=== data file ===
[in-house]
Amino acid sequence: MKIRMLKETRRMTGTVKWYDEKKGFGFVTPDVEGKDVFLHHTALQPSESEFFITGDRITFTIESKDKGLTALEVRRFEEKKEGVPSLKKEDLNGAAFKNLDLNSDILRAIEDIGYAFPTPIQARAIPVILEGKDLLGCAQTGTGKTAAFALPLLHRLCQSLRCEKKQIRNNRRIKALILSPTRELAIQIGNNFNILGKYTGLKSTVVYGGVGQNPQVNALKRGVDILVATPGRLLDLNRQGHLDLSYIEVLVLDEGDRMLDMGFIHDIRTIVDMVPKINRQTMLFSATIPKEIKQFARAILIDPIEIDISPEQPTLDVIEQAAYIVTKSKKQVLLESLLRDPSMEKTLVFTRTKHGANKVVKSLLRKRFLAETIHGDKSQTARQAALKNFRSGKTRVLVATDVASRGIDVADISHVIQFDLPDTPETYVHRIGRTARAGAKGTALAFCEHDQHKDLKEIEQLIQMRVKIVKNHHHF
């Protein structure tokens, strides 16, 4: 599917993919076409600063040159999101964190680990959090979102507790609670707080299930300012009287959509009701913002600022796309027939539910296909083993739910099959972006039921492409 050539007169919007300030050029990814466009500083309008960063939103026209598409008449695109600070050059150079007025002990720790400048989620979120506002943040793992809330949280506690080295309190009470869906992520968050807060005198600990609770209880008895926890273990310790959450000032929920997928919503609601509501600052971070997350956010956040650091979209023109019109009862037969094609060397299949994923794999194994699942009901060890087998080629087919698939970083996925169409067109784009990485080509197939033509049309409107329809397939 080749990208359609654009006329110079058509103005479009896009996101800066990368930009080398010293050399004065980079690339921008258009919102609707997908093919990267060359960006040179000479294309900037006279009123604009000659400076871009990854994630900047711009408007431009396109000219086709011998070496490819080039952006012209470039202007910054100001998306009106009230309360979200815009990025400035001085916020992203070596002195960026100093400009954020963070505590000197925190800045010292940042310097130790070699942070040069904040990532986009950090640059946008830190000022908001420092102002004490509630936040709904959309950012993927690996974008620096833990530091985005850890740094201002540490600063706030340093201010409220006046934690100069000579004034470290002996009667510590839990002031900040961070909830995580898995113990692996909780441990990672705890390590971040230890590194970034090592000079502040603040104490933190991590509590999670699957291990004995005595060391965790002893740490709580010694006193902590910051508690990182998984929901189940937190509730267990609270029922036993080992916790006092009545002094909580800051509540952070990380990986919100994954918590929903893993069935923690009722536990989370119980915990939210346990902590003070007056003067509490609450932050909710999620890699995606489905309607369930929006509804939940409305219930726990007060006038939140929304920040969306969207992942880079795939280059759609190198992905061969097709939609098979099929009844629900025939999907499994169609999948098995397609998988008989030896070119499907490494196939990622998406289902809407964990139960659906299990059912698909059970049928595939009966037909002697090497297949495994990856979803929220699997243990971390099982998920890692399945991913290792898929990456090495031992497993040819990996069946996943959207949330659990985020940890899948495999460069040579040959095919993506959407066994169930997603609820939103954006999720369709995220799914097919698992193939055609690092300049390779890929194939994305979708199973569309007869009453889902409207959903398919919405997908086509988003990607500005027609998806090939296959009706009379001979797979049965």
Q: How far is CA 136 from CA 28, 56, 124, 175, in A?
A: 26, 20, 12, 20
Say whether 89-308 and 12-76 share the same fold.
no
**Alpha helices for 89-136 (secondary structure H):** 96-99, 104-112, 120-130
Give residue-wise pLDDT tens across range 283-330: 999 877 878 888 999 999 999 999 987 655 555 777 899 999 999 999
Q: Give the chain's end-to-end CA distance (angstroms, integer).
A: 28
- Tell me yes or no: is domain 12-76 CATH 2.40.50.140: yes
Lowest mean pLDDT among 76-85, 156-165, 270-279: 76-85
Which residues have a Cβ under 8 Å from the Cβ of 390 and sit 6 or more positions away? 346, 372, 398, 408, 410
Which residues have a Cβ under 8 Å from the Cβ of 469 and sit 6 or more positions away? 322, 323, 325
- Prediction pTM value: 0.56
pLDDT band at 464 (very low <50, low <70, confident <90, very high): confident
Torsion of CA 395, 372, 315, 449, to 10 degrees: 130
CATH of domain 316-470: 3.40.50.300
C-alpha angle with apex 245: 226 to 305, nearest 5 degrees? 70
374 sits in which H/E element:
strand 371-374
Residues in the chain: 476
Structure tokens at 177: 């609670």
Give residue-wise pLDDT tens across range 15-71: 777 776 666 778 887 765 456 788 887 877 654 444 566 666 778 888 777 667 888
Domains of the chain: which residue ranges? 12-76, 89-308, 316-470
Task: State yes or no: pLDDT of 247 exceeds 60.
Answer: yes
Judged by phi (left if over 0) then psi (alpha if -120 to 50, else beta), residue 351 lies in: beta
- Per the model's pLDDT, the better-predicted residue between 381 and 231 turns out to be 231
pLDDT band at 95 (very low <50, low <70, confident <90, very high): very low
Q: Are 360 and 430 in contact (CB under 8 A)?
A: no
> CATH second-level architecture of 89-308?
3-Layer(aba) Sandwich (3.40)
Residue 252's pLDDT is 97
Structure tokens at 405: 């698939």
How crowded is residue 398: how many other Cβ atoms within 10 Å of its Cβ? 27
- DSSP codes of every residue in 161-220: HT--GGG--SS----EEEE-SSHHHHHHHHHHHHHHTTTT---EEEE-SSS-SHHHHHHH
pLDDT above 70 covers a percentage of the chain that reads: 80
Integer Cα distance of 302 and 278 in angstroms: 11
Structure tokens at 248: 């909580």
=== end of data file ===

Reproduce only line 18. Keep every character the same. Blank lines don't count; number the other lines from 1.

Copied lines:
Torsion of CA 395, 372, 315, 449, to 10 degrees: 130